Archive for the ‘Things American’ Category

Madeira and the 4th of July revisited: More about America’s “First and Most Patriotic Wine”

July 3, 2015

written by Michael Oudyn

“I should prefer to an ordinary death, being immersed with a few friends in a cask of Madeira.”
Benjamin Franklin, Autobiography



The 4th of July is here and so I once again suggest that we patriotic Americans celebrate our birthday with a glass of Madeira, “America’s first” and ” greatest patriotic” wine. Last 4th of July I wrote about Madeira‘s relation to Thomas Jefferson, John Hancock,  the Constitutional Convention, the Louisiana Purchase, etc.

Since then more curious Founding Fathers/Madeira lore has come my way. Here is some of it.

This post’s lead quote comes notorious Madeira lover Benjamin Franklin who was said to have had more than a thousand bottles of Madeira in his private stash. In his Autobiography Franklin relates how “three common flies…that had been drowned in the Madeira bottle…fell into the first glass (of Madeira)” that was being poured at a friend’s house. Having heard that “drowned flies were capable of being revived by the sun” world-renowned scientist Franklin set up an impromptu experiment. When (more…)

“You can’t tell a wine by its label. Or can you?”

October 18, 2014

written by Michael Oudyn

Glasses at Buellton tasting

Hundreds of wines await, so let’s grab a glass and… check out those labels!

After Paso Robles (see previous post) I was a little wined out. So I grabbed a glass and set out to savor… the labels. Here are four I found intriguing.  Some because of their catchy and original graphics.  Some because they were in some way true to the winery’s story and essence.  Some just tickled my fancy.   Here are excerpts from interviews with the winery´s representatives.

urban legend

URBAN LEGENDS CELLARS: Oakland, California

“I’m Marilee Shaffer. I’m part of the winemaking team at Urban Legends Cellars Winery in Oakland.” (more…)

Absinthe, part 1: Alive, well, and legal in Maine, a visit to Tree Spirits Distillery

September 30, 2014

Written by Michael Oudyn

While vacationing this summer in Maine I came across an add in the local paper. Just up the road in Oakland someone was making

The "decadent muse" is back.

The “decadent muse” is back.

absinthe, “the decadent goddess.” Yes, “the green fairy,” the drink of choice of Parisian fin-de-siècle bohemia was back, alive and kicking, and once again legal. The notorious “muse extraordinaire” could be got at Tree Spirit Winery and Distillery. So off we went to check it out.  The place which housed the tasting room and the distillery was very small, not much bigger than a garage. We sniffed the herbs used in absinthe which it turns out don’t smell like much of anything until soaked in alcohol.

Tree Spirit's traditional absinthe maker

Tree Spirit’s traditional absinthe maker

We admired the traditional absinthe maker. We tasted the green fairy with the traditional four parts water, which reduces the alcohol level to 16%, and some sugar, which cuts the bitterness of the wormwood. Well I really liked the stuff, and the whole mystique.  Then we were treated to a fine, informative  tour of the place with the owner, Bruce Olson, who gave us a  little of the history of absinthe, a bit of his own personal story, and a peek into the workings of America’s alcohol and tobacco bureaucracy.   Here are some excerpts from that interview.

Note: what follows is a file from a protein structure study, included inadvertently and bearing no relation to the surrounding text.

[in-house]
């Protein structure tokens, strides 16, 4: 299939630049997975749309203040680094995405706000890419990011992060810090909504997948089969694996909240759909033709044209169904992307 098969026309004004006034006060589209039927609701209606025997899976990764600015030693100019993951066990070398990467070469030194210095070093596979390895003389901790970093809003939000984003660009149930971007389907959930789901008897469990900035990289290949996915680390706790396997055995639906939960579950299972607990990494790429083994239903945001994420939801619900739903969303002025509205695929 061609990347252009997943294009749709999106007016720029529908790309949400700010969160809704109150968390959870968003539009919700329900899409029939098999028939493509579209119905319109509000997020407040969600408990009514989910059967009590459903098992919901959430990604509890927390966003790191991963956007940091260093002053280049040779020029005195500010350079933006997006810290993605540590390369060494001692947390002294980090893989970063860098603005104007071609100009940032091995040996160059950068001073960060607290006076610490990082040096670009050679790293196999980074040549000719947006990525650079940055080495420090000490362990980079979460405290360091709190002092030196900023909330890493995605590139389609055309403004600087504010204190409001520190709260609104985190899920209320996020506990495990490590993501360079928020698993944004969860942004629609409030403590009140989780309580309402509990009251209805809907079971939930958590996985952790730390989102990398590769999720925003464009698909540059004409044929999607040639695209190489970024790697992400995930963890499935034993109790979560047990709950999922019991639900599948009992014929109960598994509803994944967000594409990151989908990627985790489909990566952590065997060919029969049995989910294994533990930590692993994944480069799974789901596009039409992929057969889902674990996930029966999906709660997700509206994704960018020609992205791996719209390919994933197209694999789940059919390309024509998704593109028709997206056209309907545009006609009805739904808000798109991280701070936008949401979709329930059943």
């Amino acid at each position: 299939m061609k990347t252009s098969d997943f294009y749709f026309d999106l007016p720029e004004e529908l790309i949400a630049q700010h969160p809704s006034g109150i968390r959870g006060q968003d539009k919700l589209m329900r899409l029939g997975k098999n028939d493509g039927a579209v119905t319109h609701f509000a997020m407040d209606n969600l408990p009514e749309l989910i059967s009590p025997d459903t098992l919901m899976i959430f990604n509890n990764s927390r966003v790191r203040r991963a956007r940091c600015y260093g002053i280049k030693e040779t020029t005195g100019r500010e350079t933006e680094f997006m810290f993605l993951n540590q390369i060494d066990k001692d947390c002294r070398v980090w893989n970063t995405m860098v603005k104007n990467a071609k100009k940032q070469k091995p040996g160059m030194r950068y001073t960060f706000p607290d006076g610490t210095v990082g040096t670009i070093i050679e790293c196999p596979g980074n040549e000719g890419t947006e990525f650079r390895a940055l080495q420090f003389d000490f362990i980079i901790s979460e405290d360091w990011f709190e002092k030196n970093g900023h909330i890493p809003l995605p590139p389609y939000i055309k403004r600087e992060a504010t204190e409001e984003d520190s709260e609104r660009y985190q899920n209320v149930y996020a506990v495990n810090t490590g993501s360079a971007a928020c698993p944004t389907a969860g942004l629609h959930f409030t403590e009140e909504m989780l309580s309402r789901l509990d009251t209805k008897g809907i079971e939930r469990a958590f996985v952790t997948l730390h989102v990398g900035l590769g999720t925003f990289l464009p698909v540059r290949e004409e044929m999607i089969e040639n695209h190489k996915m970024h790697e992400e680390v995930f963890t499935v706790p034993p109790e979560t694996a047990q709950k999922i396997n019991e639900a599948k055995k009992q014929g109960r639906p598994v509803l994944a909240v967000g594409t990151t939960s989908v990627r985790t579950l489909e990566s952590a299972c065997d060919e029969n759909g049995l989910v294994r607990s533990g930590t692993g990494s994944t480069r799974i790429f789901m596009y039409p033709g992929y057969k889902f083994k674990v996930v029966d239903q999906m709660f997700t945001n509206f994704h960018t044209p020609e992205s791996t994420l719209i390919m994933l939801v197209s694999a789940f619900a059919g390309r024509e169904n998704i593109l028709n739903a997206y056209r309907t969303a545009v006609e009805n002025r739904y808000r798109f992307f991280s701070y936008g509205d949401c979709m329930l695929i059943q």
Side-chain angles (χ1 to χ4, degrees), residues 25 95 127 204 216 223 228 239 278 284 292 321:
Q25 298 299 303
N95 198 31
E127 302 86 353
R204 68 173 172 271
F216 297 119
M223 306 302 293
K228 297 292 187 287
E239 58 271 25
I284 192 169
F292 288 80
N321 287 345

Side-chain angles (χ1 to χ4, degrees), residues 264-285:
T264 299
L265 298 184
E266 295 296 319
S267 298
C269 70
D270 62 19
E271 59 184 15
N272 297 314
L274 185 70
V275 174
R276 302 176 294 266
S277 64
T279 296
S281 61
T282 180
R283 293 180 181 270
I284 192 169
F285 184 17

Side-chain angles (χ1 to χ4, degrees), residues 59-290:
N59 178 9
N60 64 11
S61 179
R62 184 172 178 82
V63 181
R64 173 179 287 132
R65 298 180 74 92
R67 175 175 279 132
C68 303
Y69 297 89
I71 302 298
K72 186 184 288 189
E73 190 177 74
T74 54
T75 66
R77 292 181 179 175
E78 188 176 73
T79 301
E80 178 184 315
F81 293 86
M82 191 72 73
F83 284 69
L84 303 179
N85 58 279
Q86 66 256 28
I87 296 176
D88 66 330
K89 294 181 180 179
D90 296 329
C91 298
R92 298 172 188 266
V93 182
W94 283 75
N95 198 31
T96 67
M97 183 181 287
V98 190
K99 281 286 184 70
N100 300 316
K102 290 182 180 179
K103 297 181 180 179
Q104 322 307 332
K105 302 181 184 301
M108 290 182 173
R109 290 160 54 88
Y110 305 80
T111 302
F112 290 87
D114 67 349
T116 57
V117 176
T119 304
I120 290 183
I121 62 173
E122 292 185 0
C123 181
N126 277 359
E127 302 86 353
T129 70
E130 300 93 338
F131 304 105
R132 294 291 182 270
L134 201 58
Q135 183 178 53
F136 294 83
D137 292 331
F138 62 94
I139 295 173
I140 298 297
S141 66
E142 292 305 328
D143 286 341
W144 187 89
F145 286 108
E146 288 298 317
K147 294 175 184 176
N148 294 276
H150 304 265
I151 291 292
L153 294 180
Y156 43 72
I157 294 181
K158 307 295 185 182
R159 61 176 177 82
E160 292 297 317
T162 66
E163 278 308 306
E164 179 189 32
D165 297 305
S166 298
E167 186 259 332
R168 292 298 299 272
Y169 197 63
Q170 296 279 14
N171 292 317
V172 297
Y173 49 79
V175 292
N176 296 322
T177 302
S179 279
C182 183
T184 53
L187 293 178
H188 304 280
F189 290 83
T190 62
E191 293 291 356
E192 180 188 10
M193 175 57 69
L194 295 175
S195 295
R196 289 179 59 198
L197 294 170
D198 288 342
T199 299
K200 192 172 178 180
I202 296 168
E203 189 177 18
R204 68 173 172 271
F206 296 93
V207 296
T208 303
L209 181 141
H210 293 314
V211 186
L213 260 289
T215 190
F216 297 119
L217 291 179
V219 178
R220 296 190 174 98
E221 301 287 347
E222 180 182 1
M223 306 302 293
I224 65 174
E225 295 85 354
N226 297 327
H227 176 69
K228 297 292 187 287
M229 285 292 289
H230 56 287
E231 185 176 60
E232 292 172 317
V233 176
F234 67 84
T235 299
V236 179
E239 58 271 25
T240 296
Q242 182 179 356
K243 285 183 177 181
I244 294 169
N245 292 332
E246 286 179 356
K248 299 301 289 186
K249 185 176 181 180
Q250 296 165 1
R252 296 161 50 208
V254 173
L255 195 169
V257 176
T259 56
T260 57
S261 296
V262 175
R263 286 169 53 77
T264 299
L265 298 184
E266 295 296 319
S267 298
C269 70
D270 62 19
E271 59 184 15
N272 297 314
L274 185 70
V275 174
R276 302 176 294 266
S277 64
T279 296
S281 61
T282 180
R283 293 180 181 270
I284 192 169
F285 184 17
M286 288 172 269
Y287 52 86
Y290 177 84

Llamas in the Vineyards of Paso Robles: Wine Bloggers visit Wild Horse Winery

July 31, 2014

Written by Michael Oudyn


I share a snack with Floyd, head of the Wild Horse Winery clan of llamas

I share a snack with Floyd, head of the Wild Horse Winery clan of llamas

We from the Wine Bloggers Convention 2014 are at the Wild Horse Winery and Vineyards, in Paso Robles, California.We have sampled a few tasty high-octane Zinfandels at the neighboring Dusi Ranch.  We have had an excellent buffet lunch and  tasted a few more wines, some unique. Like their “Pink Floyd” a highly original rosé blend of pinot noir, cab franc, and sangiovese named in honor of Floyd, the godfather of Wild Horse Winery’s  hard-working llama clan. Unlike the brutish llama, I have done very little spitting today; I am ready to meet Floyd face-to-face.

“Llamas in the vineyards?”

“Of course. To protect the sheep.”

“To protect the sheep?”

“Yes, from the coyotes.”


The villain of the story, the  coyote

The villain of the story, the coyote

Let’s let the winery explain: “We actually have three llamas… Floyd, the (more…)

Madeira: “America’s First” and “Most Patriotic” Wine for July 4th

June 28, 2014
Toasting July the 4th  with Madeira and Tom

July the 4th with Madeira and Jefferson

written by Michael Oudyn

July the 4th is just around the corner. So what should we patriotic Americans be drinking to celebrate our birthday?

Well, Madeira, the fabulous fortified wine from off the coast of Africa, gets my vote. Called “America’s first wine” and “America’s great patriotic wine” Madeira was immensely popular during colonial times and keeps popping up at key points in our early formative years.